Transportation: The combustion of fossil fuels such as gasoline and diesel to transport people and goods is the second largest source of CO2 emissions, accounting for about 31% of total U.S. CO2 emissions and 26% of total U.S. greenhouse gas emissions in 2010. This category includes transportation sources such as highway vehicles, air travel, marine transportation, and rail.

Industry: Many industrial processes emit CO2 through fossil fuel combustion. Several processes also produce CO2 emissions through chemical reactions that do not involve combustion, for example, the production and consumption of mineral products such as cement, the production of metals such as iron and steel, and the production of chemicals.

Various industrial processes accounted for about 14% of total U.S. CO2 emissions and 20% of total U.S. greenhouse gas emissions in 2010. Note that many industrial processes also use electricity and therefore indirectly cause the emissions from the electricity production.

Given one kg equals approximately 2.2 pounds, one US gallon of fuel when completely burned, on average produces CO2 emissions, as follows: Diesel: 9.96 kg or 5,070 liters in normal pressure and temperature; Biofuel: 9.42 kg or 4,800 liters; and, Gasoline: 8.71 kg or 4,400 liters resulting in 22, 21 and 19 pounds of CO2, respectively, while furnaces emit 50% more carbon dioxide. A reduction of 25% CO2 emissions or more moves an entire fleet of trucks into compliance.

A new way to control emissions

Car and truck manufacturers, who must comply with impending legislation, including the US existing and proposed CAFE (Corporate Average Fuel Economy) standards, US regional and state standards as well as more strict regulations in Europe and other countries, will find an effective solution in the new technology. As such, Ryncosmos sees the establishment of a new industry, which creates thousands of jobs and generates large profits.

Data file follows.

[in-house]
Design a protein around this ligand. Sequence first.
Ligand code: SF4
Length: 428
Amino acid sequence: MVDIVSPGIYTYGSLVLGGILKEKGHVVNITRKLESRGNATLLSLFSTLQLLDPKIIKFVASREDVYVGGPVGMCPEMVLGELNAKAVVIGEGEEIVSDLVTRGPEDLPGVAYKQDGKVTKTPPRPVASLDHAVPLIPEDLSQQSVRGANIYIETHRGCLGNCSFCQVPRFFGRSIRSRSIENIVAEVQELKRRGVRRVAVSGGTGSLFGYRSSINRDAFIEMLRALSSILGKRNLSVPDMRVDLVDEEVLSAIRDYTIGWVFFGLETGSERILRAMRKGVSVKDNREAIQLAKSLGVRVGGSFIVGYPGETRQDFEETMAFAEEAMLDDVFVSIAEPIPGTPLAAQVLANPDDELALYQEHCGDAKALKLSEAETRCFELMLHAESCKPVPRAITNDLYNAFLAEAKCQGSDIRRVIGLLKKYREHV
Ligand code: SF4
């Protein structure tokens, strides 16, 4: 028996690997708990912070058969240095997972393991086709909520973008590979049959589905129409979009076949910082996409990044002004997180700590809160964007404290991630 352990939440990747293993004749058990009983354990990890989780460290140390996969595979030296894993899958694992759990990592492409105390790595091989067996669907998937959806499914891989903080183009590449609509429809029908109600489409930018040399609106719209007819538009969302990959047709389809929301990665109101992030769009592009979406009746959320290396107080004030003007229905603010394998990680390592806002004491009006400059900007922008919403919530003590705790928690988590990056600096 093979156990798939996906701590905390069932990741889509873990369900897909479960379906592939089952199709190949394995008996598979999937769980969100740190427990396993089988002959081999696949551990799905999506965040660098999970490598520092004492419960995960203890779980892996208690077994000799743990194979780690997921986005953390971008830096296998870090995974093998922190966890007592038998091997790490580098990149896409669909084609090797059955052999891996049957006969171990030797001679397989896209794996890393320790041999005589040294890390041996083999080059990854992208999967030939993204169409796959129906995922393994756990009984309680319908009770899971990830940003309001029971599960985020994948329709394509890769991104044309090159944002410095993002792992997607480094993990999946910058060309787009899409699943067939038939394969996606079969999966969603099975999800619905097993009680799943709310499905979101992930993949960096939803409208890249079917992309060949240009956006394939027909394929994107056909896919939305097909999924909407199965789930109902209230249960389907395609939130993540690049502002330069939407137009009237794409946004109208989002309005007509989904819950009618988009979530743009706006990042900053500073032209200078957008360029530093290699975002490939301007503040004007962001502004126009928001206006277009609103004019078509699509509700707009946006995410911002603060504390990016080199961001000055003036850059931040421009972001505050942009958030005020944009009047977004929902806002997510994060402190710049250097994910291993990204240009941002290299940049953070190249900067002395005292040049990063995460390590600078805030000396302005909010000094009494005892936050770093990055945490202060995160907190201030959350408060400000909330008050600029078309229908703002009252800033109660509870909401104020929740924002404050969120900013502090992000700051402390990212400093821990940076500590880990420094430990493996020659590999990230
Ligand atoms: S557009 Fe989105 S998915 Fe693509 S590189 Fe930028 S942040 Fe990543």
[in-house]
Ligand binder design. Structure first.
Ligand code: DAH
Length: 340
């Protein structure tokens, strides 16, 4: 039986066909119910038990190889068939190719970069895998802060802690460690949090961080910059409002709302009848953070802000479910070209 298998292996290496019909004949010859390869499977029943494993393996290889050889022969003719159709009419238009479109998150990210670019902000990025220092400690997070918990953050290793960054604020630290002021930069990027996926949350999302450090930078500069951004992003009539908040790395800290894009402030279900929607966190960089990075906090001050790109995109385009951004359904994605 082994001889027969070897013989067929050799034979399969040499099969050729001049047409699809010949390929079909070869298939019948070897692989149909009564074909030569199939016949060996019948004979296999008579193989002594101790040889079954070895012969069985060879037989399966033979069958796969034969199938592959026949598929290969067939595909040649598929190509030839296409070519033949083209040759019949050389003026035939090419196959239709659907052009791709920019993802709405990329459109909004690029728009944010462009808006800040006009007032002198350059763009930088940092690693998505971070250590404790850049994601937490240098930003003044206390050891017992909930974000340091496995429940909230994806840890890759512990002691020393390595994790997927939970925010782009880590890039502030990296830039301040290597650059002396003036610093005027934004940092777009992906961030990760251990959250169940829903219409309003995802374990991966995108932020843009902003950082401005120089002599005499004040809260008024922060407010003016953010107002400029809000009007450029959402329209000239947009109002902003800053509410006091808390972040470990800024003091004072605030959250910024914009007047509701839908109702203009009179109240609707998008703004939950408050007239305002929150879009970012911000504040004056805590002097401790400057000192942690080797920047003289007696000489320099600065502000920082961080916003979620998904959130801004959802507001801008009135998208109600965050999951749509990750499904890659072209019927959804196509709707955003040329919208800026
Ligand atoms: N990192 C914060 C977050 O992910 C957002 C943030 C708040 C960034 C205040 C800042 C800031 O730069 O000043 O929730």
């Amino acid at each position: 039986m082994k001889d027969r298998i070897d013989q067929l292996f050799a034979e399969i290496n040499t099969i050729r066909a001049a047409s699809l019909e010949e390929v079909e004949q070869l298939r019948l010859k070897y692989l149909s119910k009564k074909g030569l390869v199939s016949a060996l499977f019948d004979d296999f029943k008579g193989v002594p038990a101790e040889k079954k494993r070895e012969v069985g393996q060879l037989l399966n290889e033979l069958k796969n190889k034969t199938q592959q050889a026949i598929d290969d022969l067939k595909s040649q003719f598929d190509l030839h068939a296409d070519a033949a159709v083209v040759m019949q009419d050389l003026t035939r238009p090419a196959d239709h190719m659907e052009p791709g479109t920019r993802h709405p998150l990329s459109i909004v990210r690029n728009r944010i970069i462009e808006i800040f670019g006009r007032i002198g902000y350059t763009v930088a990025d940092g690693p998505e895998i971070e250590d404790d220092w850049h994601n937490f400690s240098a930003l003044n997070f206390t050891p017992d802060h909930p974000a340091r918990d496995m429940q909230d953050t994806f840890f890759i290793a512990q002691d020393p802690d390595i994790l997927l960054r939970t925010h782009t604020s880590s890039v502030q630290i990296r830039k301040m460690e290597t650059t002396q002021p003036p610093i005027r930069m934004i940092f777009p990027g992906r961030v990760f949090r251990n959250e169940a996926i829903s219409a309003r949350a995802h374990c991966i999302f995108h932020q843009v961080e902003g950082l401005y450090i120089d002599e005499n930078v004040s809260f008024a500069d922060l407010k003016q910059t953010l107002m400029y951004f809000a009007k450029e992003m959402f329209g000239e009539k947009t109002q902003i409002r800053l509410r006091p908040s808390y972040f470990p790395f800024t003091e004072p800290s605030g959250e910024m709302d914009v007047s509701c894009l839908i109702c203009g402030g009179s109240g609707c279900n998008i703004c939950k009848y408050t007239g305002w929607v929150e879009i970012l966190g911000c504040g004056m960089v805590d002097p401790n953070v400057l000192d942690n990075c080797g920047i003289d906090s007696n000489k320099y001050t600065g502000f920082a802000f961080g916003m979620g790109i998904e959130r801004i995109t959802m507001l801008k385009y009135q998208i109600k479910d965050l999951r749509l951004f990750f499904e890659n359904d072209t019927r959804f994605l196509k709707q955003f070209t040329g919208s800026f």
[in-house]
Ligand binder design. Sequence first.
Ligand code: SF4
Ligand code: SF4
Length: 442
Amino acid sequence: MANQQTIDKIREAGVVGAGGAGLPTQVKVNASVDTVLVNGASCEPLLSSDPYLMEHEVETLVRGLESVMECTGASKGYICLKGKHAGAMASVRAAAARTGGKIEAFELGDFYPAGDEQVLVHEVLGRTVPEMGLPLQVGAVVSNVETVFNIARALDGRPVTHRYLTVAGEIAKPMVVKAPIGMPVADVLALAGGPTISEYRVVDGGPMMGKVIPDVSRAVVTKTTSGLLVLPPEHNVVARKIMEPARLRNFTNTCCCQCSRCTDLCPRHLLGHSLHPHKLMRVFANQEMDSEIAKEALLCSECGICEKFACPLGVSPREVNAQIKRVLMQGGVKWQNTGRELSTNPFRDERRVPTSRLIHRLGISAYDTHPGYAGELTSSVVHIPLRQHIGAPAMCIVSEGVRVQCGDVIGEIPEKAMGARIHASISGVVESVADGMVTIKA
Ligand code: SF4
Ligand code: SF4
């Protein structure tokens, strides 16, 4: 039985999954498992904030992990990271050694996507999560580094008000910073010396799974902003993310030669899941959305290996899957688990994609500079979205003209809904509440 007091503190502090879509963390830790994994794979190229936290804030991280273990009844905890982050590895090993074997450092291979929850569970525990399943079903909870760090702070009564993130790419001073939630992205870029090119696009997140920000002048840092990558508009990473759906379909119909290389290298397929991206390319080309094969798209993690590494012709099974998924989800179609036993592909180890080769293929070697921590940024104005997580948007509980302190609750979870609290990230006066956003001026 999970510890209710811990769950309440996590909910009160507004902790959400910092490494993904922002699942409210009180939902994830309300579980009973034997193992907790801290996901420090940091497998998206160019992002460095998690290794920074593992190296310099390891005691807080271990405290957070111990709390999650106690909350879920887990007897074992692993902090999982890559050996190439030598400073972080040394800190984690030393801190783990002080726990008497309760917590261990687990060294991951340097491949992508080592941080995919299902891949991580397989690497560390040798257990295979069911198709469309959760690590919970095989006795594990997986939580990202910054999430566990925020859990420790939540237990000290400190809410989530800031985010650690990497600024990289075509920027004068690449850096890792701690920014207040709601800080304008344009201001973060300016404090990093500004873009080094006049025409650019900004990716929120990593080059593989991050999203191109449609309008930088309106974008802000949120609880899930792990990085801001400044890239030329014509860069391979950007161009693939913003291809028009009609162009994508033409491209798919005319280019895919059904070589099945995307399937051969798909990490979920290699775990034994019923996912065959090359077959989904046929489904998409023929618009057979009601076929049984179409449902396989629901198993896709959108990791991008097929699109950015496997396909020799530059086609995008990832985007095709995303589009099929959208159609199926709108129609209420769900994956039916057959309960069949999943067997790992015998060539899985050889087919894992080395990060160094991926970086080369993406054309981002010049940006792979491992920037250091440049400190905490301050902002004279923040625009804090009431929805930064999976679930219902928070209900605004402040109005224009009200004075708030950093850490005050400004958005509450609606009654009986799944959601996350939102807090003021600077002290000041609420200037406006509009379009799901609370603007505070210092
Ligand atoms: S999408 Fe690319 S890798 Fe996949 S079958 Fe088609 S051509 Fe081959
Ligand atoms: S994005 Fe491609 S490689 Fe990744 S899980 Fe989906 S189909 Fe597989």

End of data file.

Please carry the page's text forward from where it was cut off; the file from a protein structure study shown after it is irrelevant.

Most countries regulate emissions from moving vehicles in some fashion including both the air quality emissions (carbon oxide, nitrogen oxides, hydrocarbons etc.) and GHG (greenhouse gases), chiefly CO2. The regulation sets targets either directly on the CO2 emissions or on fuel consumption.

Moreover, the majority of European countries, Japan and the US set such standards and/or market-based programs. In California a bill was passed launching the most extensive CO2 emission controls yet in the United States. The law calls for a 25 percent reduction in state CO2 emissions by 2020. It takes effect this year. On the East Coast all states except New Jersey have embraced the Regional Greenhouse Gas Initiative.

In the US, the EPA standards are estimated to achieve a fleet-wide level of 155 g/km of CO2 in model year 2016 and its proposed standards are estimated to achieve a fleet-wide level of 101 g/km of CO2 in model year 2025 (passenger car target is 89 g/km CO2, the light truck target is 126 g/km CO2).

Strataclear’s dual application is the answer to reducing CO2 emissions and capturing carbon efficiently and safely. Due to its great economic potential, it can reduce the cost to manufacture a car, lower home heating costs substantially, and all the while it can provide a profit center by recycling its byproduct, which has wide applications across industry. It’s a win-win and most importantly it “greens” the world and brings us the future today.

More information
Donald G. Rynne
Chairman & CEO
Phone: 646-233-4027